Mr. Martin wants a castle, he needs to move to some unincorporated county land without a design review board. Any grownup should have a little tingle in the back of the neck when ever your in a place where everything is basically the same, and basically beautiful. Santa Fe is NOT for the architecturally free spirited person. It is a highly ordered community who thinks how things look is IMPORTANT. Clearly, Mr. Martin up to this point has been down with that.

What a dick.

just a second too long before i hit post!
posted by Carmody'sPrize at 3:50 PM on September 11 [17 favorites]


They're probably most concerned that he'd never finish building it.
posted by Abehammerb Lincoln at 4:00 PM on September 11 [168 favorites]


Mr. Martin: pay the iron price.
posted by dances_with_sneetches at 4:03 PM on September 11 [4 favorites]


It felt a bit fake at times

As opposed to the C21st medieval castle...
posted by biffa at 4:04 PM on September 11 [2 favorites]


If Martin chooses to go to war with the zoning board over multi-family housing and density restrictions, I'm on his side. Otherwise this is just rich people fighting another rich person who happens to be eccentric.
posted by Think_Long at 4:11 PM on September 11 [2 favorites]


pay the iron price.

Viking the neighbours is likely not the best solution here either. I mean everyone likes a good blood eagle, but that's best done abroad, on a summer cruise, not at home. Traditional methods in this case would be to chase them into the sea and set their steads and barns on fire. Small difference, but tradition should be followed.

Otherwise, you might have to move to Iceland.
posted by bonehead at 4:12 PM on September 11 [2 favorites]


[removed the broken link; if OP wants to get me a working one, I'll go ahead and insert it!]
posted by Eyebrows McGee (staff) at 4:17 PM on September 11


Santa Fe is NOT for the architecturally free spirited person.

He can move a couple of miles and build whatever he wants. It's not like the strict rules in that part of Santa Fe are new or a surprise.
posted by betweenthebars at 4:18 PM on September 11 [3 favorites]


I think it's going to be OK. Martin just invited the 40 neighbors over for dinner.
posted by PlusDistance at 4:24 PM on September 11 [59 favorites]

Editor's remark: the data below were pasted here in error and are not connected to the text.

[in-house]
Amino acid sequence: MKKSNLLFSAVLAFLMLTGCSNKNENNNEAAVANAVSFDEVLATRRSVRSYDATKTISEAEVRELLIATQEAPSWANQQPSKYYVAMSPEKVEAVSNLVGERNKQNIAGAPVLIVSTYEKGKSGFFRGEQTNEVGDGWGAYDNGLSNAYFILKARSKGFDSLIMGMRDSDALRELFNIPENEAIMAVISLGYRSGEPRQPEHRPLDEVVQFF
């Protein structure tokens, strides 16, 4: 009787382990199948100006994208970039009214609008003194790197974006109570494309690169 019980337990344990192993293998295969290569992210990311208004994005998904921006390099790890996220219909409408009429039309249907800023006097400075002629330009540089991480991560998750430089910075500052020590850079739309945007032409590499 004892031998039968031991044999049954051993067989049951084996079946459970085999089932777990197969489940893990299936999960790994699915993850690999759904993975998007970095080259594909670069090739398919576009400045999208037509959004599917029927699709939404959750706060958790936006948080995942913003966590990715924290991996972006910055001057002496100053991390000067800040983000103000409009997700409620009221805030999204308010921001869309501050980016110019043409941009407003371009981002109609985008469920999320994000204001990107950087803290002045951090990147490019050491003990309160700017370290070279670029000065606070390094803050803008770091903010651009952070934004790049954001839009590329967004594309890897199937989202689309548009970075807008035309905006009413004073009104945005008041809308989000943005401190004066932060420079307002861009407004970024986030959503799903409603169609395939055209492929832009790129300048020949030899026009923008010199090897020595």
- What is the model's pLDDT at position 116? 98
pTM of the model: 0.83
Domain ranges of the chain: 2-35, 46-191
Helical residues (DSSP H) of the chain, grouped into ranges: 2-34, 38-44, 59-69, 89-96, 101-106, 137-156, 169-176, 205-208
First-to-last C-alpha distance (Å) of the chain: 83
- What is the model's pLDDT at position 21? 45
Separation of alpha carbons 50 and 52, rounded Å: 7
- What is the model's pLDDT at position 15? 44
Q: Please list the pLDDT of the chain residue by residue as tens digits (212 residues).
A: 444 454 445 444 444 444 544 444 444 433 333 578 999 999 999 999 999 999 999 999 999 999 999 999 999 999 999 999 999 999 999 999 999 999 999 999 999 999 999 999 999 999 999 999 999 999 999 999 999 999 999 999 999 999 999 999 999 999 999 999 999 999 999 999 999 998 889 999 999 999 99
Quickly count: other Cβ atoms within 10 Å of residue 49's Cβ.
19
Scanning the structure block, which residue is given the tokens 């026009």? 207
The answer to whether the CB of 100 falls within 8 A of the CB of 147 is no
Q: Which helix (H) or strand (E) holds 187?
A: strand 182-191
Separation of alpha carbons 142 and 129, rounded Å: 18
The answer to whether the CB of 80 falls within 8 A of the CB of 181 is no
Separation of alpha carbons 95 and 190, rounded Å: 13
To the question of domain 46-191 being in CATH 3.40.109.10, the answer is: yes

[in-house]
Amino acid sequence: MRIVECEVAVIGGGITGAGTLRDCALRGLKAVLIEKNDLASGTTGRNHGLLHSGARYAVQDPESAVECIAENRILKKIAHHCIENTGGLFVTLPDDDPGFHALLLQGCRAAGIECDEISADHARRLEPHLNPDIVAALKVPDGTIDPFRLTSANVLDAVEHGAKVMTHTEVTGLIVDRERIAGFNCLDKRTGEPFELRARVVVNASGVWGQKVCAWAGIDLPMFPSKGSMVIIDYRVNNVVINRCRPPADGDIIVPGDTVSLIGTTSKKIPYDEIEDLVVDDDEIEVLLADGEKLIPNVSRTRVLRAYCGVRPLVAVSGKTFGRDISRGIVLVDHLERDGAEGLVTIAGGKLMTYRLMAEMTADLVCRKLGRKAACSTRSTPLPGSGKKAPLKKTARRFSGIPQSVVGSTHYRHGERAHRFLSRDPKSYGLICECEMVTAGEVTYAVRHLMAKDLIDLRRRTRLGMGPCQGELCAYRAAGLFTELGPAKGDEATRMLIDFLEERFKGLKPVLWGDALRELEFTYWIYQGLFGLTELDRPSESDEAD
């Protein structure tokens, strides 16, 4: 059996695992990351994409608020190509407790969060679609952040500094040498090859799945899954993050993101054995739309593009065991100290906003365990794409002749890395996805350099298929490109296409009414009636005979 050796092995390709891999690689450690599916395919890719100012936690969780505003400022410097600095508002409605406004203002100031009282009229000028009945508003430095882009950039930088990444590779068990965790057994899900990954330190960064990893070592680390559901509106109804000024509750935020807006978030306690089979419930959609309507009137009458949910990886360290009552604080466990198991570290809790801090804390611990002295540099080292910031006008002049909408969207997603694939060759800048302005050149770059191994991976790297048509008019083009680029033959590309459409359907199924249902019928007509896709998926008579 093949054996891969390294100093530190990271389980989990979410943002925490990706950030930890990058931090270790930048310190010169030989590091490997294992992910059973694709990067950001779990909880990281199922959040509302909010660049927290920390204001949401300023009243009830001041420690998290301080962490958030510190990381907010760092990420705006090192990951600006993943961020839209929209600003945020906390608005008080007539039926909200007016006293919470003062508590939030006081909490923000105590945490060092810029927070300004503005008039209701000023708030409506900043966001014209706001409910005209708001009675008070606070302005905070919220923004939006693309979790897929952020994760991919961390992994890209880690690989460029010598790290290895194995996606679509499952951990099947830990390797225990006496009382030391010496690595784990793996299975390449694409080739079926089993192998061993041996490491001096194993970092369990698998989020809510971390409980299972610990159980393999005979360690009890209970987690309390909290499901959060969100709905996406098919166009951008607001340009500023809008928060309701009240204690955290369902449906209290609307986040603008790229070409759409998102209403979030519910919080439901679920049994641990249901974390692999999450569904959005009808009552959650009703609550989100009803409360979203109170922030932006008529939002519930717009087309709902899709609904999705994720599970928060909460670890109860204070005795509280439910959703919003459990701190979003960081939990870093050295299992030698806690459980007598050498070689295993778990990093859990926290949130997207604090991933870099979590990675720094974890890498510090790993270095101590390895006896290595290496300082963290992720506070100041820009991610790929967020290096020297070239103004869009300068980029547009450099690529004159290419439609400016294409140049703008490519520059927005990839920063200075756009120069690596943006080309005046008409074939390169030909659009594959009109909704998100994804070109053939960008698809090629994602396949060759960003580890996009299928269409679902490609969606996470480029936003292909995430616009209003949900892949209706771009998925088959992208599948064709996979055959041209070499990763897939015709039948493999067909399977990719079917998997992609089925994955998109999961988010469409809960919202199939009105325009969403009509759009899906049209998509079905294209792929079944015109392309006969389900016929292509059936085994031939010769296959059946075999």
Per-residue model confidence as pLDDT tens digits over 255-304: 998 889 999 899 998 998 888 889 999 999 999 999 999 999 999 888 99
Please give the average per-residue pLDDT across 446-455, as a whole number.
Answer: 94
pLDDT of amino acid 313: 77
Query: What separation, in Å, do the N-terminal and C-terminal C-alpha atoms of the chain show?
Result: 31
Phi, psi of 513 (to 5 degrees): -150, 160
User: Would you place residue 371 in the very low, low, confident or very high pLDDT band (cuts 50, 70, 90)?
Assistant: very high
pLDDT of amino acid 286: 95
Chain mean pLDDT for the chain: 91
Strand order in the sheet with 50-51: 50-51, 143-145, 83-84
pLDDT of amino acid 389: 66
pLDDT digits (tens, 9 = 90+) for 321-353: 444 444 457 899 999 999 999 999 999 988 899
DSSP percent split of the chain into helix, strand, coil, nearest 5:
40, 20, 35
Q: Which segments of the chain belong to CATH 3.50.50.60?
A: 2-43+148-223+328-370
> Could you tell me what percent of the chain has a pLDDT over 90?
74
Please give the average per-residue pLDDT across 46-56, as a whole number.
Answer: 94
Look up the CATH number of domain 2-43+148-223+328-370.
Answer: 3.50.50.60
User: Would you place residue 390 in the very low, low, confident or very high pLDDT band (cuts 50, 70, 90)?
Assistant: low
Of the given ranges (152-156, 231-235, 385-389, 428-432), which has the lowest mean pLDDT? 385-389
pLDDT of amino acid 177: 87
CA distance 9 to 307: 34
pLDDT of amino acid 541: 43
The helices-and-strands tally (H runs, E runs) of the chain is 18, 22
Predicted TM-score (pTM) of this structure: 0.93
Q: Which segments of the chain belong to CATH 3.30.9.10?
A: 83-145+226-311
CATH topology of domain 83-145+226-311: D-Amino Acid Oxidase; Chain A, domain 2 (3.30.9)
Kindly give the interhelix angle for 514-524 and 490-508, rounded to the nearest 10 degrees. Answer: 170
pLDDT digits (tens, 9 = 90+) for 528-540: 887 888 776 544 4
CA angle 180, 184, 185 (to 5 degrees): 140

Santa Fe is often compared to Disneyland in its building code enforcement described by Nelson and Carmody'sPrize's comment above (some folks derisively call it Fanta Se). Allowing Sleeping Beauty Castle architecture would certainly go a long way in transforming the town into the Magic Kingdom Southwest.

It's too bad because he's done a lot to revitalize the town with investments in a local movie theater, Meow Wolf and now the historic local railroad (and a video about it).
posted by jabo at 4:27 PM on September 11 [3 favorites]


Hot take: your neighbors shouldn't get a say in your home design. But hot take #2: zoning code should forbid building a house that size for one person's use.

Depending on whom you consider your neighbors, those hot takes are in direct contradiction.

But I came here to hate on George Martin, whose general aesthetic I've always found moderately embarrassing, more so than the most twee Santa Fe kitsch.
posted by aspersioncast at 4:33 PM on September 11 [1 favorite]


Hot take: your neighbors shouldn't get a say in your home design.

That's basically the opposite of how it works in Santa Fe.

For all that I appreciate kitschy architecture, I'm glad he got turned down for his ridiculous proposal.
posted by Dip Flash at 4:37 PM on September 11 [2 favorites]


This is dumb. There is a very old and well established process here. No one worthy of a castle runs it by a Review Board first. You gets your vassals together and you just build the thing. If Review Board doesn't like it, it's their responsibility to retain sufficient trebuchets to lay siege to it, as it is a castle owner's prerogative to retain a company knights to protect it from such.